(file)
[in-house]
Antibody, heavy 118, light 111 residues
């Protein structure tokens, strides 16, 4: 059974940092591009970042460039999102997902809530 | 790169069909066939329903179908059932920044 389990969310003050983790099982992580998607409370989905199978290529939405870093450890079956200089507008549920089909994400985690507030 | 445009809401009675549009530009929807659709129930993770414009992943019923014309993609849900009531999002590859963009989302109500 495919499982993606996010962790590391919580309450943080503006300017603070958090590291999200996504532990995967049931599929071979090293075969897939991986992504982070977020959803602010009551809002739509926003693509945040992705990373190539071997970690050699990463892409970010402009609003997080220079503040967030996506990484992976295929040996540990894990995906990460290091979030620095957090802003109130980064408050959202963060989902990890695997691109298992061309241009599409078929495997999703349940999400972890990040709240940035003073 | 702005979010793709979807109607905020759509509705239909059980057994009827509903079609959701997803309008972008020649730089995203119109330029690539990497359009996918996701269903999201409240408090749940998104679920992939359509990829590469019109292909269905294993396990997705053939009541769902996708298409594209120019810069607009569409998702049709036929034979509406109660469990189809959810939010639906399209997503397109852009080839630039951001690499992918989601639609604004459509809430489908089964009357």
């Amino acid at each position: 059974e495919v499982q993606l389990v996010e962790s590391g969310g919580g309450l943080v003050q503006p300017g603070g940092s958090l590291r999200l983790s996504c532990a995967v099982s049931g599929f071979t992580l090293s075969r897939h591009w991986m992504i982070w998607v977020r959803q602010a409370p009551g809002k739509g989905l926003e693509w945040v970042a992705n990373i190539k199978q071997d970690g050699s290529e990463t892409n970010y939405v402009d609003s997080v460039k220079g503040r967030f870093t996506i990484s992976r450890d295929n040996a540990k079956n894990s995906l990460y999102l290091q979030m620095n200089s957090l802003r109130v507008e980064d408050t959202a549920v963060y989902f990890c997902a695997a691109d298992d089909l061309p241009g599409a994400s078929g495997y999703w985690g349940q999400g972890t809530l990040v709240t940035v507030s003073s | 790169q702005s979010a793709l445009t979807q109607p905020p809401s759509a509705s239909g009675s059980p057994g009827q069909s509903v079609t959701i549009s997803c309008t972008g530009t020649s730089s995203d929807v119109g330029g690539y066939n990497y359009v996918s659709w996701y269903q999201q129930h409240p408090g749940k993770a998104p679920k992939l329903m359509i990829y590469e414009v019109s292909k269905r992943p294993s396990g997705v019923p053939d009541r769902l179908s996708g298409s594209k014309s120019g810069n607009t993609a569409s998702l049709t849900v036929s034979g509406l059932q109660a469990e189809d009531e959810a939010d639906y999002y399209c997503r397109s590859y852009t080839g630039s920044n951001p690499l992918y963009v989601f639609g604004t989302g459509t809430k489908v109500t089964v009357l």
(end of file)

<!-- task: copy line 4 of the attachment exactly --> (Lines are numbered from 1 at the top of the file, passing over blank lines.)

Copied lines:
């Amino acid at each position: 059974e495919v499982q993606l389990v996010e962790s590391g969310g919580g309450l943080v003050q503006p300017g603070g940092s958090l590291r999200l983790s996504c532990a995967v099982s049931g599929f071979t992580l090293s075969r897939h591009w991986m992504i982070w998607v977020r959803q602010a409370p009551g809002k739509g989905l926003e693509w945040v970042a992705n990373i190539k199978q071997d970690g050699s290529e990463t892409n970010y939405v402009d609003s997080v460039k220079g503040r967030f870093t996506i990484s992976r450890d295929n040996a540990k079956n894990s995906l990460y999102l290091q979030m620095n200089s957090l802003r109130v507008e980064d408050t959202a549920v963060y989902f990890c997902a695997a691109d298992d089909l061309p241009g599409a994400s078929g495997y999703w985690g349940q999400g972890t809530l990040v709240t940035v507030s003073s | 790169q702005s979010a793709l445009t979807q109607p905020p809401s759509a509705s239909g009675s059980p057994g009827q069909s509903v079609t959701i549009s997803c309008t972008g530009t020649s730089s995203d929807v119109g330029g690539y066939n990497y359009v996918s659709w996701y269903q999201q129930h409240p408090g749940k993770a998104p679920k992939l329903m359509i990829y590469e414009v019109s292909k269905r992943p294993s396990g997705v019923p053939d009541r769902l179908s996708g298409s594209k014309s120019g810069n607009t993609a569409s998702l049709t849900v036929s034979g509406l059932q109660a469990e189809d009531e959810a939010d639906y999002y399209c997503r397109s590859y852009t080839g630039s920044n951001p690499l992918y963009v989601f639609g604004t989302g459509t809430k489908v109500t089964v009357l």